I had the opportunity to snap one of these up from JoesPedals.com at the time of release - but was alas distracted and diverted by some other priority or concern at the time - and thus this eluded my grasp! I was actually initially after the larger Omolon 3-knob variety - before I realised that was another one of those P1 style over-sized enclosures. The Party Favor is essentially a 2-knob version of the same with the Sustain circuit element set to max. So for the Omolon you have Sustain, Timbre and Balance controls, while on the Party Favor the controls are simply just Level and Filter. I still fully intend to get one of these which is very much a Tone Bender style circuit - albeit distinct in character and somewhat tangential to a MKIII type. I have a couple of Baldwin Burns Buzzaround varieties in my reference selection - and this would round those references off rather nicely. Just need for one to materialise on Reverb.com eventually! The Party Favor features 3 x Newmarket NKT MT57F transistors.
The majority of Monkey Fingers out there are Black text onto yellow enclosures, while I'm not the biggest fan of yellow - so the Blue colourway edition pictured here would be preferable. These seem to feature the same Mullard OC82D transistors as the Low Pro MKII editions - so I'm not entirely clear on the differences. My understanding is that Steve usually only changes the pedal name if the circuit is markedly different and he's run out of a particular batch of components - in a similar manner to what Marc Ahlfs does with his Skreddy Pedals. Possibly there are significant differences with the Capacitors and Resistors - and that's why we've ended up with 2 MKII circuits featuring the same transistors.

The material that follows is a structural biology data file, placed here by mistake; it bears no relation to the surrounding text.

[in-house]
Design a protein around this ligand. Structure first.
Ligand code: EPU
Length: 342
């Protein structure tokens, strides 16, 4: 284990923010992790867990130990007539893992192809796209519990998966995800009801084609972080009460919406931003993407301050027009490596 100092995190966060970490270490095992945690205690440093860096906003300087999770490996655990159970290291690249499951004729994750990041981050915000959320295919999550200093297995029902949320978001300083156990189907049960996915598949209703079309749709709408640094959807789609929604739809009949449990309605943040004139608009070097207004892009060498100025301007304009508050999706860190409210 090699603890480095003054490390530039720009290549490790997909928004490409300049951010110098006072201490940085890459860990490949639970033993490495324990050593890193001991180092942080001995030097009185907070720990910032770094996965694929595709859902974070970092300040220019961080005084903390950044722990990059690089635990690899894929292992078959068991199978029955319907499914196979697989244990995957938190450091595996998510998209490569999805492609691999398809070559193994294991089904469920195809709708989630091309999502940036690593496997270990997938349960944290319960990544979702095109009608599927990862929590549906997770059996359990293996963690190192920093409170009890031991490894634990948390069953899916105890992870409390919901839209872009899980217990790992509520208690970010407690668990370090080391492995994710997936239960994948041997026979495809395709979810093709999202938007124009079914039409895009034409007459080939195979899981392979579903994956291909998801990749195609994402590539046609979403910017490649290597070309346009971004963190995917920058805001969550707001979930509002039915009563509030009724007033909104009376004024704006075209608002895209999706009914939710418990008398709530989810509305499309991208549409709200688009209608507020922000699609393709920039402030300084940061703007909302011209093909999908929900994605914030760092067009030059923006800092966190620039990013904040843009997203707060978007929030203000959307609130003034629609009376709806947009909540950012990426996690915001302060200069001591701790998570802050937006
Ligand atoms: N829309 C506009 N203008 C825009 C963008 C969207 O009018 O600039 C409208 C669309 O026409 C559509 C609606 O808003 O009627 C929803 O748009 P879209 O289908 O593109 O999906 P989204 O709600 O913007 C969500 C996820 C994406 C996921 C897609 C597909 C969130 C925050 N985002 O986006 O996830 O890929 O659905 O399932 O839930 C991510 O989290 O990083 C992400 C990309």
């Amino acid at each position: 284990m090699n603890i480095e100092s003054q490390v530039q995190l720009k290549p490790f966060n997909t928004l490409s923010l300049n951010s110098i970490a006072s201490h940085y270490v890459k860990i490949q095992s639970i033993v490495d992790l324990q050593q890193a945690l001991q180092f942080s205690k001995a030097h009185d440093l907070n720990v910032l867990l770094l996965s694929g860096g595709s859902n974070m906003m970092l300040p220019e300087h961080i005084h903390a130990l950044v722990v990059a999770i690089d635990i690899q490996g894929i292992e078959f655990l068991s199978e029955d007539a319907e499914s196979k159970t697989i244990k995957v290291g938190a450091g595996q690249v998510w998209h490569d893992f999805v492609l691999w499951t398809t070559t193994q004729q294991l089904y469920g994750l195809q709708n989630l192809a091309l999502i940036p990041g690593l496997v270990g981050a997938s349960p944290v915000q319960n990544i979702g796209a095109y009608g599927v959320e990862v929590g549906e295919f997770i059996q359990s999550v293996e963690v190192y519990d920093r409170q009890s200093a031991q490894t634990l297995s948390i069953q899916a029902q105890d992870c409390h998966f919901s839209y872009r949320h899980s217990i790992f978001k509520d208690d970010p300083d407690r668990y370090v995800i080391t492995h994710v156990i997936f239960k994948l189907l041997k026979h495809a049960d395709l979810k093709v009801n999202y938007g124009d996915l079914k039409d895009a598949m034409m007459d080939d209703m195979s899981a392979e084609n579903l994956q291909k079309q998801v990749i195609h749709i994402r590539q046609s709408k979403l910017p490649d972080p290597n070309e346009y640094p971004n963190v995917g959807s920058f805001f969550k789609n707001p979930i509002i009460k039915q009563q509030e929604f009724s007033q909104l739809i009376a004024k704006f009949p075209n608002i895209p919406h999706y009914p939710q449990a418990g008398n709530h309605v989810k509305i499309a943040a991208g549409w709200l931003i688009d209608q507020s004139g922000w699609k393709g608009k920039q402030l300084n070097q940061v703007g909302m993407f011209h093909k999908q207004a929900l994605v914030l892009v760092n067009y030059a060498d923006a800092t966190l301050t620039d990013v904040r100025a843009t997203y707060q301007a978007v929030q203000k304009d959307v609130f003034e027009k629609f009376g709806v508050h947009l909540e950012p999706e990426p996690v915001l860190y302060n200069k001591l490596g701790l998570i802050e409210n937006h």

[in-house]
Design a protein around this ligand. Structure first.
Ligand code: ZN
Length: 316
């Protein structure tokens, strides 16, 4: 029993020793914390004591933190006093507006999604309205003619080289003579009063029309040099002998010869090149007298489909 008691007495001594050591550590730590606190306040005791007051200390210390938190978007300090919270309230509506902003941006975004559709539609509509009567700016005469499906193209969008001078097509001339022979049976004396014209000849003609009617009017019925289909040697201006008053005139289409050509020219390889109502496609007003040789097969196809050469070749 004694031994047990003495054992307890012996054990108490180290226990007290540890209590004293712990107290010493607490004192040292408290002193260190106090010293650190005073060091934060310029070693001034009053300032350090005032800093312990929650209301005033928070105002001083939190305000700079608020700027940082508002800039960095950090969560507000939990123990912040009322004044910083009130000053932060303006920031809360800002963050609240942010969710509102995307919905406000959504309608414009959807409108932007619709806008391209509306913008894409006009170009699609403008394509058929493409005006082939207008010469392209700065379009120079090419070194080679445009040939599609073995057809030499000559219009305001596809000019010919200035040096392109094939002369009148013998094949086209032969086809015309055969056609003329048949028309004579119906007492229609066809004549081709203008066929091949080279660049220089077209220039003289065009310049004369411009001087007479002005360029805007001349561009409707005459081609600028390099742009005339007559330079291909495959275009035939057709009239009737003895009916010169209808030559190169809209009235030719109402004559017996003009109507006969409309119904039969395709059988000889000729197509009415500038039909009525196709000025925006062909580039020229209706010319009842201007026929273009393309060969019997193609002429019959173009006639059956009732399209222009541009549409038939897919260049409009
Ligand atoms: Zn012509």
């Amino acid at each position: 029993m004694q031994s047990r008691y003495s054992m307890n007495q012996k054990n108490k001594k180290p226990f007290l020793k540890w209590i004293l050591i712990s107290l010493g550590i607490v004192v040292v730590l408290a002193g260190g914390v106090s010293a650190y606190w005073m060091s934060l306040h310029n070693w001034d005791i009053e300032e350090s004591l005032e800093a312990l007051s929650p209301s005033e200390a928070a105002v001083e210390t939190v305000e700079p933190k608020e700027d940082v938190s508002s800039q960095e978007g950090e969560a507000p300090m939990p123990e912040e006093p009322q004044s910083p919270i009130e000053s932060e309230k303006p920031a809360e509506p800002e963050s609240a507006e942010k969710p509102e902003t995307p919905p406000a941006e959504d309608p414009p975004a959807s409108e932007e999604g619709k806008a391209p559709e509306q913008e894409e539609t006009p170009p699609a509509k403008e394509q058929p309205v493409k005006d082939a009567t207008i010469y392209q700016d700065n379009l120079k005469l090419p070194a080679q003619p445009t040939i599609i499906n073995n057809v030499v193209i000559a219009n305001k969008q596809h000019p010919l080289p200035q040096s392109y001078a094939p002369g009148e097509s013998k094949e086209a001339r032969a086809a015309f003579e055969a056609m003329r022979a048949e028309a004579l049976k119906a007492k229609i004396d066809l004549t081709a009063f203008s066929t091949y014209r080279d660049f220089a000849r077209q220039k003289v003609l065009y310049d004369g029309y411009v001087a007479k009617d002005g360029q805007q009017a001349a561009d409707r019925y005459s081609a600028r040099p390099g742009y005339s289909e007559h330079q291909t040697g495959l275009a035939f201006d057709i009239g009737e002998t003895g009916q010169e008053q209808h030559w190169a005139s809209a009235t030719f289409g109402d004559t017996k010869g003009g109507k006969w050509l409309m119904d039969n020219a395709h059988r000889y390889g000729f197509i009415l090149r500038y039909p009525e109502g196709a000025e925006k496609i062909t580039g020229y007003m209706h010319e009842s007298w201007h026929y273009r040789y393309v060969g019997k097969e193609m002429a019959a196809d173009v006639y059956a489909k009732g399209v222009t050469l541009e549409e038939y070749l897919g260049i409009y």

As I write this there are 3 Fuzzbound (Buzzaround) pedals, one Heavy Load (Silicon Fuzz Face with RangeMaster Boost) and one Custom Omolon with 4th volume control and different transformer for sale on Reverb.com - the Fuzzbounds variously at around £900 or £1,000, the Heavy Load for £600 and the Omolon for around £909. So all pretty much pricey and somewhat significantly inflated from purchase price.
On the PigdogPedals.com website the store still has reference to the last batches of pedals - long-since sold out of course - these are 2 different editions of a P1 enclosure Professional MKII priced at £389, and a batch of Fuzz Zone FZ-1s highly detailed Gibson Maestro replicas in authentic original styled enclosures. So for sure varieties which don't appeal to my sensibilities.